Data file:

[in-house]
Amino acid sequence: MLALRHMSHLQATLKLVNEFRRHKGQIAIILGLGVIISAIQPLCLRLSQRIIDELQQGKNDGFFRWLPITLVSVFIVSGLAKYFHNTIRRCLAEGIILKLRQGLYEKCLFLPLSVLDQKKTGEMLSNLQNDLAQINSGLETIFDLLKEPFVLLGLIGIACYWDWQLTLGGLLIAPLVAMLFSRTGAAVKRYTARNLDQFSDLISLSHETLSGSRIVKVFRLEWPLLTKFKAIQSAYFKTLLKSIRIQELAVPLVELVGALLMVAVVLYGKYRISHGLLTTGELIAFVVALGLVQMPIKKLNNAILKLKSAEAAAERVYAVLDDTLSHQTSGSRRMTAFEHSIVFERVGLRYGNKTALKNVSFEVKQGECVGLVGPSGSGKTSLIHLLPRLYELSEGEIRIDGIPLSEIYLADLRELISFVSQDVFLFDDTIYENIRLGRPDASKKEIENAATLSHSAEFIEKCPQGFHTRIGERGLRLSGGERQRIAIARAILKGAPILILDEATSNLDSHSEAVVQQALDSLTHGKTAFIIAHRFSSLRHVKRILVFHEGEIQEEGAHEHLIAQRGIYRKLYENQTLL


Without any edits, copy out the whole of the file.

[in-house]
Amino acid sequence: MLALRHMSHLQATLKLVNEFRRHKGQIAIILGLGVIISAIQPLCLRLSQRIIDELQQGKNDGFFRWLPITLVSVFIVSGLAKYFHNTIRRCLAEGIILKLRQGLYEKCLFLPLSVLDQKKTGEMLSNLQNDLAQINSGLETIFDLLKEPFVLLGLIGIACYWDWQLTLGGLLIAPLVAMLFSRTGAAVKRYTARNLDQFSDLISLSHETLSGSRIVKVFRLEWPLLTKFKAIQSAYFKTLLKSIRIQELAVPLVELVGALLMVAVVLYGKYRISHGLLTTGELIAFVVALGLVQMPIKKLNNAILKLKSAEAAAERVYAVLDDTLSHQTSGSRRMTAFEHSIVFERVGLRYGNKTALKNVSFEVKQGECVGLVGPSGSGKTSLIHLLPRLYELSEGEIRIDGIPLSEIYLADLRELISFVSQDVFLFDDTIYENIRLGRPDASKKEIENAATLSHSAEFIEKCPQGFHTRIGERGLRLSGGERQRIAIARAILKGAPILILDEATSNLDSHSEAVVQQALDSLTHGKTAFIIAHRFSSLRHVKRILVFHEGEIQEEGAHEHLIAQRGIYRKLYENQTLL